MP: Afghan ambassador says ‘sister city’ pact aims to strengthen people-to-people ties

  • Rahul Noronha, Hindustan Times, Bhopal
  • Updated: Mar 30, 2015 21:11 IST

The ‘sister city’ pacts between India and Afghanistan go beyond governments to strengthen people-to-people ties of the two nations, said Shaida Mohammed Abdali, Afghanistan’s ambassador to India.

Abdali is currently in Bhopal in connection with a buyer-seller exchange meet organised by the commerce and industries department of the state government. His visit to the city assumes significance as a ‘sister city’ pact between Bhopal and Khost, a city in Afghanistan, is likely to be signed.

The people of Afghan origin who live in Bhopal accorded Abdali a warm welcome on his arrival at the Bhopal airport on Wednesday.

“The founder of the city of Bhopal, Dost Mohammed, came from Afghanistan. A lot of people here continue their ties with Afghanistan,” he said.

Talking about cooperation between the two countries, Abdali said, “I see potential in education, agriculture, mining, tourism and cultural sectors between MP and Afghanistan,” he said.

“Afghanistan has mineral resources valued at trillions of dollars, but we lack the technical know-how to tap these. India can help in the sector,” he added. The present trade between India and Afghanistan stands at US$700 million.

The main articles of trade are food products, garments and articles of everyday use.

“There is tremendous potential in enhancing the trade,” said Abdali.

“The trade between the two countries will increase once the new route via Iran is opened,” Shaida Mohammed Abdali added.

The Afghan ambassador will visit Barkatullah University on Saturday regarding future ties with Sheikh Zayed University of Khost.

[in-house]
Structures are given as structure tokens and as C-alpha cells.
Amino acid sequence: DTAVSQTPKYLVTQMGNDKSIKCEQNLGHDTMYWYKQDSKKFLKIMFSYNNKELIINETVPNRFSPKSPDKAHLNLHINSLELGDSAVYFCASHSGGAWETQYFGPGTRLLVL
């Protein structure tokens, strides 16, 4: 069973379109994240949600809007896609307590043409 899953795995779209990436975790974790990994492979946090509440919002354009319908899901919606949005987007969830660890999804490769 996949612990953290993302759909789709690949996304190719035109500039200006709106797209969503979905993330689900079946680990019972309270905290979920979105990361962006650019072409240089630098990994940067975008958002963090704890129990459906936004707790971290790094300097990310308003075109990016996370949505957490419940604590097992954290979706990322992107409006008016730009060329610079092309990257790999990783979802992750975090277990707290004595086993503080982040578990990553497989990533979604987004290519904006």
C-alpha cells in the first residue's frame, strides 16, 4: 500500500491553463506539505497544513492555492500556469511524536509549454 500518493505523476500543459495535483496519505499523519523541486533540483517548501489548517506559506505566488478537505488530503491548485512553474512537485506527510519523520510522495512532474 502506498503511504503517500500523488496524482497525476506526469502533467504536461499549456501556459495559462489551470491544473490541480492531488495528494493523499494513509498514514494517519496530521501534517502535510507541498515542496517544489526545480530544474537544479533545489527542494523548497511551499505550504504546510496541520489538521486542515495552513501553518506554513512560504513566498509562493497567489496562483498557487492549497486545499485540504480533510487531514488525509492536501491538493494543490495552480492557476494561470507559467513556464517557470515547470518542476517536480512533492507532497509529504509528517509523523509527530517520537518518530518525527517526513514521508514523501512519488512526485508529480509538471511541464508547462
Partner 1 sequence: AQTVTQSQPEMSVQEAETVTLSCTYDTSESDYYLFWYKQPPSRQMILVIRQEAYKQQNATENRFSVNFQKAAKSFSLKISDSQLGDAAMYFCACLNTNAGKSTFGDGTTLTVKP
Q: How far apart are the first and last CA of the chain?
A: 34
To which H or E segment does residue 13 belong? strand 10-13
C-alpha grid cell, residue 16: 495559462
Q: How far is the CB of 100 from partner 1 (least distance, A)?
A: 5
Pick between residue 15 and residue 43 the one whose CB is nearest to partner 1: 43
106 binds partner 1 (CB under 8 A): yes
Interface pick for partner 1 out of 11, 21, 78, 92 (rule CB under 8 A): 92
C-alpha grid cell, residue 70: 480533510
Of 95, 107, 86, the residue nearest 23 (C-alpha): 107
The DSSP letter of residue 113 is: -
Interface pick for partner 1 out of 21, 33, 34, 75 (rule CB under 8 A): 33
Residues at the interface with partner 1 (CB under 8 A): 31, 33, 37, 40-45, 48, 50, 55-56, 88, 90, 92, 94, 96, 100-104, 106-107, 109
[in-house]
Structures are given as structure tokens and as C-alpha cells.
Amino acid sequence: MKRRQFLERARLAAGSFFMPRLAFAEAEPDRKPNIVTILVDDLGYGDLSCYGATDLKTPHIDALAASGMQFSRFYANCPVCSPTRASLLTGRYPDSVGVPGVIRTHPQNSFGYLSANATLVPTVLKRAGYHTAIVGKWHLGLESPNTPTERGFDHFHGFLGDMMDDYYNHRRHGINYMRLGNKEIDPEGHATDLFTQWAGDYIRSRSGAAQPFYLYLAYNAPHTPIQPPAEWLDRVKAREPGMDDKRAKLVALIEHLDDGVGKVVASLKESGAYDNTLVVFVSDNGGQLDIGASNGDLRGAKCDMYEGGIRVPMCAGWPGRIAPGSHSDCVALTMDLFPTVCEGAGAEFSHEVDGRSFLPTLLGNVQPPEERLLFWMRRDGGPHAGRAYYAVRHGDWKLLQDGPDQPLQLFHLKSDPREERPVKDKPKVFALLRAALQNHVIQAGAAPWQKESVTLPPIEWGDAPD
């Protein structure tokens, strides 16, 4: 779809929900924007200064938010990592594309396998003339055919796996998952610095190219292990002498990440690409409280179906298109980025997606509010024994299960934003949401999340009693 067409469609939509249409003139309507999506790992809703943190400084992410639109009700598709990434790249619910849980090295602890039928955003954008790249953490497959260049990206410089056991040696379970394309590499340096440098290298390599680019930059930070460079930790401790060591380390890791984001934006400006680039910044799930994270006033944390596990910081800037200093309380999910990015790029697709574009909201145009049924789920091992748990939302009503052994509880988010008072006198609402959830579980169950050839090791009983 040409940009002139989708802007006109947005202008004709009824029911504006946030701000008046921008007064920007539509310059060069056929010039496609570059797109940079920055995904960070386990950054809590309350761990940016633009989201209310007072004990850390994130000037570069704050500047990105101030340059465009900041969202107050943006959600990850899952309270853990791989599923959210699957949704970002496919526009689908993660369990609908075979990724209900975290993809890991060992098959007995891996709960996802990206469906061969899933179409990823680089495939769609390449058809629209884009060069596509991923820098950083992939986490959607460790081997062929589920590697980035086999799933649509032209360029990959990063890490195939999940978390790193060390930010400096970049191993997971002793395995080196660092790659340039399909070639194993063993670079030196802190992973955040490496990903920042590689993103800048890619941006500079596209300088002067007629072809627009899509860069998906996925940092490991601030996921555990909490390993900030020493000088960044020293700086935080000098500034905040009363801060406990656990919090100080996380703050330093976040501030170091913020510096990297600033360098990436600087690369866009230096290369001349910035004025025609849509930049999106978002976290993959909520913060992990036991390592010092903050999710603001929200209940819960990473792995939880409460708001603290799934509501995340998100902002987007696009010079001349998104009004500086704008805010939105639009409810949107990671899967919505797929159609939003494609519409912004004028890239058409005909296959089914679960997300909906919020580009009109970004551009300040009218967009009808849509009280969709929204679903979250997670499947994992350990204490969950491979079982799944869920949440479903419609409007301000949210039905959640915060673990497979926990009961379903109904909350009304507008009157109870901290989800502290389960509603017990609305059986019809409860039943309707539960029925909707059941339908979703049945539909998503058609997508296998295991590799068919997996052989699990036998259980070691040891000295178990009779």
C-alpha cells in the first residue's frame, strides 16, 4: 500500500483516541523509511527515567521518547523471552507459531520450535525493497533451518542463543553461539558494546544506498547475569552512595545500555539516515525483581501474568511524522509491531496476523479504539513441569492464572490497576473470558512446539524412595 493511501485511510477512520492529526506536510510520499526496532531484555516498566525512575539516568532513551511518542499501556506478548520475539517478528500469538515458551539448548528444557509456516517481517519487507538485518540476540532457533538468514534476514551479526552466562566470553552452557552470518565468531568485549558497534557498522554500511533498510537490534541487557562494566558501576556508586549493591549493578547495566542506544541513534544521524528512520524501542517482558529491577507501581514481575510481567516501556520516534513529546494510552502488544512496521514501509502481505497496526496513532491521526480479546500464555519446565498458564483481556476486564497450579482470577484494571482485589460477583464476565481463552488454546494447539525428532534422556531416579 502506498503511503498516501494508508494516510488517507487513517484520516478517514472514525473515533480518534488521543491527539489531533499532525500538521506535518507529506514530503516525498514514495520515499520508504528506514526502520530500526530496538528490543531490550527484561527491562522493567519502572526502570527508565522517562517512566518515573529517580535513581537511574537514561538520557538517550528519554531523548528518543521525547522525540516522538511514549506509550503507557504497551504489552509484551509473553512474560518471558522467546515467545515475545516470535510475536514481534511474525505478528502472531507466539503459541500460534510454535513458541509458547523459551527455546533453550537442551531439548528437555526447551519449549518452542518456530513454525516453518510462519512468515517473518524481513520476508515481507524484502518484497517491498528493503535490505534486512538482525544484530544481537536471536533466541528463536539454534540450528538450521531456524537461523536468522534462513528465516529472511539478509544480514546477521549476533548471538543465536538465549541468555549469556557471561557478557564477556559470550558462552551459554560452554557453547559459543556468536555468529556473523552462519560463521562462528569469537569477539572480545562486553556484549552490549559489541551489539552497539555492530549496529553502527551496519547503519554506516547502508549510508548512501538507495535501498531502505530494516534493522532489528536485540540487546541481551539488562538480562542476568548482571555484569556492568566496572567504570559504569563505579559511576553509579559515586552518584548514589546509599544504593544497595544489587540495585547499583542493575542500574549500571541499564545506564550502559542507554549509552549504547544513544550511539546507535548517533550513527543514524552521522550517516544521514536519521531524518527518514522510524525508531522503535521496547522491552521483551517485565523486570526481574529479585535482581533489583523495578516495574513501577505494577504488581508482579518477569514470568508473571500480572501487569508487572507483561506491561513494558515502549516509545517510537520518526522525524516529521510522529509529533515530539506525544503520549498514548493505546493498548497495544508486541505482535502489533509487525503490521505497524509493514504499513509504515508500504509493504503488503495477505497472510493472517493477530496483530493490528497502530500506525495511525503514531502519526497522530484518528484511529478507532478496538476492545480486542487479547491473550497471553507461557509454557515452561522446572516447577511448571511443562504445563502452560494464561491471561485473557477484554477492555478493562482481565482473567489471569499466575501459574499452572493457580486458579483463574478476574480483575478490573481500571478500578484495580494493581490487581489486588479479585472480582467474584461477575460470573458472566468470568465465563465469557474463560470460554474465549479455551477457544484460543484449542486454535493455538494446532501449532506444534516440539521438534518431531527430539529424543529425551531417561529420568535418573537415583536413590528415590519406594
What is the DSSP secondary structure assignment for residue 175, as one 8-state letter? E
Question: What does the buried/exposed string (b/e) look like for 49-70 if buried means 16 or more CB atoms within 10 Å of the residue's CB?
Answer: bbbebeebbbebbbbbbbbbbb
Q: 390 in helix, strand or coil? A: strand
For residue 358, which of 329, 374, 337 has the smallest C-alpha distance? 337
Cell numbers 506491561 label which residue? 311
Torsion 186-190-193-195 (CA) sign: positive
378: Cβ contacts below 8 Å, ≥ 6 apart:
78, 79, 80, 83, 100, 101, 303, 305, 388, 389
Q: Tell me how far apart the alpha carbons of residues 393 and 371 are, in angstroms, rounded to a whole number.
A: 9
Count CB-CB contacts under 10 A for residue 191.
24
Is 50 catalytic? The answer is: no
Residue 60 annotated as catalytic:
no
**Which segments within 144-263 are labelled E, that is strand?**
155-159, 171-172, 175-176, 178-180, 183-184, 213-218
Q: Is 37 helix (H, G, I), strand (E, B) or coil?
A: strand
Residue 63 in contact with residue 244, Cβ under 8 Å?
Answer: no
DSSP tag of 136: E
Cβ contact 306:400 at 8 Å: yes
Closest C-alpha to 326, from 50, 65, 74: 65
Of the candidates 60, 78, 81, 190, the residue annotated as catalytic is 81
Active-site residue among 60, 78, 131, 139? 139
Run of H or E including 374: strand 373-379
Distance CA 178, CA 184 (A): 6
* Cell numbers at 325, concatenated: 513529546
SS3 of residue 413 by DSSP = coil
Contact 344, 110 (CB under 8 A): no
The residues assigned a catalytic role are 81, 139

“There are about 15,000-16,000 Afghan students in India right now, most of them in Pune. Bhopal with its numerous colleges can be another centre that can attract Afghan students,” Abdali said.

The Afghan ambassador denied security was a major concern in Afghanistan.

What you keep hearing about Afghanistan is not really true. While there are pockets of disturbances, they exist everywhere in the world. We have a dedicated security system of 10,000 personnel to protect investors,” Mohammed Abdali said. A documentary commissioned by the India-Afghanistan Foundation on ‘Afghans living in India in course of history’ is in the making.

The documentary covers Bhopal as a major centre with Afghan origin population. “The documentary will help keep people-to-people contact alive,” Abdali said.

On whether a large number of ex-servicemen from Madhya Pradesh can be deployed as security personnel in Afghanistan, the Afghan ambassador said that no sector is outside the ambit of co-operation between India and Afghanistan.

Abdali stressed on the need for the US to continue in Afghanistan for moretime. “While Afghanistan today has its own security service, which is 3,52,000 strong, the country still needs support in the form of finances, equipment and training till the time we are able to stand independently,” he said.

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